“Safe drive stay alive!” warns a road sign on the sinuous mountain road up to the Khardungla, reputedly the highest motorable pass in the world. But at 5602m it’s certainly the highest I’ve ever been. Vehicles heading north of Leh to the dramatic Nubra Valley all make a requisite stop for photos at the top of the pass. As soon as you try to walk, you can feel the rarity of the air. It’s also really cold, but the tea stall sells delicious masala chai to warm you up.
You can get to the valley on public transport, but I opted for a shared jeep through an agency in Leh and with five of you it works out quite reasonably for a 2 day 1 night trip. You need a special permit for which you have to apply the day before, since the Nubra valley runs close to the Pakistan border. It’s a long journey and a lot of time is spent in the jeep, but the advantage of going in a tour is that you can stop wherever you want for photos.
The mountain scenery is incredible and in Hundar, where we stayed the night, there are huge sand dunes. If you want to do something really touristy, you can take a ride on a Bactrian camel, but I opted just to explore the area on foot. The highlight for me though was the stop on the way back at Diskit Monastery, where one of the head monks invited me into the garden for tea and I gave an impromptu English lesson for the curious novice monks who gathered around.
The same special permit will also grant you access to Pangong Lake south east of Leh. The permit is valid for a week so it makes sense to do both together. So, after one night in Leh, I was back in a jeep, this time heading over the world’s third highest motorable pass. The lake is huge and one side of it lies in China so this is another heavily militarised zone with many army camps.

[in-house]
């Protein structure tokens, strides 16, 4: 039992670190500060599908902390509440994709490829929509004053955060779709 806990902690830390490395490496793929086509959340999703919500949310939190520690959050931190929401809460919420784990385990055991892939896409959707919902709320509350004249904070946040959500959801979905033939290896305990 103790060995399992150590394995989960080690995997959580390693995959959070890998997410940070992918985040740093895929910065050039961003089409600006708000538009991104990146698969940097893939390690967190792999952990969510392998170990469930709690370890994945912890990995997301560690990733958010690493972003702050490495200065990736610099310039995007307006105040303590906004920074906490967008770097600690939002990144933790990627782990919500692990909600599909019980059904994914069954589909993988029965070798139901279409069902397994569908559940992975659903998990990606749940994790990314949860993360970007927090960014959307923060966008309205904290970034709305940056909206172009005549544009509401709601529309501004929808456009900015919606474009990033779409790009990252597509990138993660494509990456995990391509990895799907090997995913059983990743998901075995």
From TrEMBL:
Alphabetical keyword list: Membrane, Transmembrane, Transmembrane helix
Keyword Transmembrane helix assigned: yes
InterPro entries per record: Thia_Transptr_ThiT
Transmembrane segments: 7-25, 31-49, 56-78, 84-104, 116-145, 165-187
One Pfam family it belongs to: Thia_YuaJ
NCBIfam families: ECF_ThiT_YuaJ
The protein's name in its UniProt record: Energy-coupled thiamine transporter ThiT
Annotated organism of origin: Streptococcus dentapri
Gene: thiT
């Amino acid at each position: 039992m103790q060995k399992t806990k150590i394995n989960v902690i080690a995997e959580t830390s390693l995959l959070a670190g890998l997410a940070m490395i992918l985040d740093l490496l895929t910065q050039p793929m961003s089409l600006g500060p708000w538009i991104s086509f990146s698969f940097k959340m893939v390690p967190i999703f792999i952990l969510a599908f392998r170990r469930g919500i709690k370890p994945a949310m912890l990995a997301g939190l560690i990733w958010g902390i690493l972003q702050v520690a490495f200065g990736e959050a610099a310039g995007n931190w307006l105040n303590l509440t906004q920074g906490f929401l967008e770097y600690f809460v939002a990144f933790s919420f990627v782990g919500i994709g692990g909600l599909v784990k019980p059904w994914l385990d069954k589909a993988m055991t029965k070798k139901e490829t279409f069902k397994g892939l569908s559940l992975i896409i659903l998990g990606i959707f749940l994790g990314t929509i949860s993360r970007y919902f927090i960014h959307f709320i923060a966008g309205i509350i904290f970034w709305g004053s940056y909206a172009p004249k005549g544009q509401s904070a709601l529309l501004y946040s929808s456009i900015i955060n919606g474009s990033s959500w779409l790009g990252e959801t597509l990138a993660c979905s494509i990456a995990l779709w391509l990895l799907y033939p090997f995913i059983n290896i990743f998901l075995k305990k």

In Spangmik a group of five us managed to get a good deal on some luxury tents, luxury in the sense that there was an en suite loo! The setting by the lake was fabulous and sunset was a great time to wander by the shore and watch the changing colours.
But in India you always have to expect the unexpected and the most dramatic part of the trip occurred on the way back when we encountered an overturned lorry on the mountain pass which was blocking traffic in both directions. The driver had escaped unscathed and was lucky, since you can often observe the wrecks of lorries that went over the edge. However, it meant that we were stuck there for five hours as darkness fell and the cold set in.
There appeared to be no official rescue service, but the army stepped in to help and somehow managed to push the lorry to one side. The gap to pass by was still scarily narrow and I insisted on getting out and walking past the lorry. I was certainly relieved by the time I got back to my guesthouse in Leh at nearly midnight. I fell asleep thinking of other road signs I’d seen clearly written by someone with a sense of humour. “Driving faster causes disaster.” And my favourite, “After whisky driving risky.”